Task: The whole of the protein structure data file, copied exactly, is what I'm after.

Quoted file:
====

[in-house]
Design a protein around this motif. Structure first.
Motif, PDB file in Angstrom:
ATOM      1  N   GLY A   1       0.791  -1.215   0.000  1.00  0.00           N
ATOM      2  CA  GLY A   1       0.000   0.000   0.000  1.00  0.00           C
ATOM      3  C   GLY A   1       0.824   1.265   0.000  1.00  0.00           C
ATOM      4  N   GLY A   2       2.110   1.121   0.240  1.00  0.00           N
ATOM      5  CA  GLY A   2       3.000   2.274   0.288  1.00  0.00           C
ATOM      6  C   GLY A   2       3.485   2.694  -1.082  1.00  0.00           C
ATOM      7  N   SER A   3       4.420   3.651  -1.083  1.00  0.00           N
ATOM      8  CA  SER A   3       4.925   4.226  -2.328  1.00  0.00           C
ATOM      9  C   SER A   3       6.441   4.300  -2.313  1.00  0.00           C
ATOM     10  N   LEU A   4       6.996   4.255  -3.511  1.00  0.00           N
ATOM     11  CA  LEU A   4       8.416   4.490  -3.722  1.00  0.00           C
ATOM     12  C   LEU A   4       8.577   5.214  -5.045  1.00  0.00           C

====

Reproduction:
[in-house]
Design a protein around this motif. Structure first.
Motif, PDB file in Angstrom:
ATOM      1  N   GLY A   1       0.791  -1.215   0.000  1.00  0.00           N
ATOM      2  CA  GLY A   1       0.000   0.000   0.000  1.00  0.00           C
ATOM      3  C   GLY A   1       0.824   1.265   0.000  1.00  0.00           C
ATOM      4  N   GLY A   2       2.110   1.121   0.240  1.00  0.00           N
ATOM      5  CA  GLY A   2       3.000   2.274   0.288  1.00  0.00           C
ATOM      6  C   GLY A   2       3.485   2.694  -1.082  1.00  0.00           C
ATOM      7  N   SER A   3       4.420   3.651  -1.083  1.00  0.00           N
ATOM      8  CA  SER A   3       4.925   4.226  -2.328  1.00  0.00           C
ATOM      9  C   SER A   3       6.441   4.300  -2.313  1.00  0.00           C
ATOM     10  N   LEU A   4       6.996   4.255  -3.511  1.00  0.00           N
ATOM     11  CA  LEU A   4       8.416   4.490  -3.722  1.00  0.00           C
ATOM     12  C   LEU A   4       8.577   5.214  -5.045  1.00  0.00           C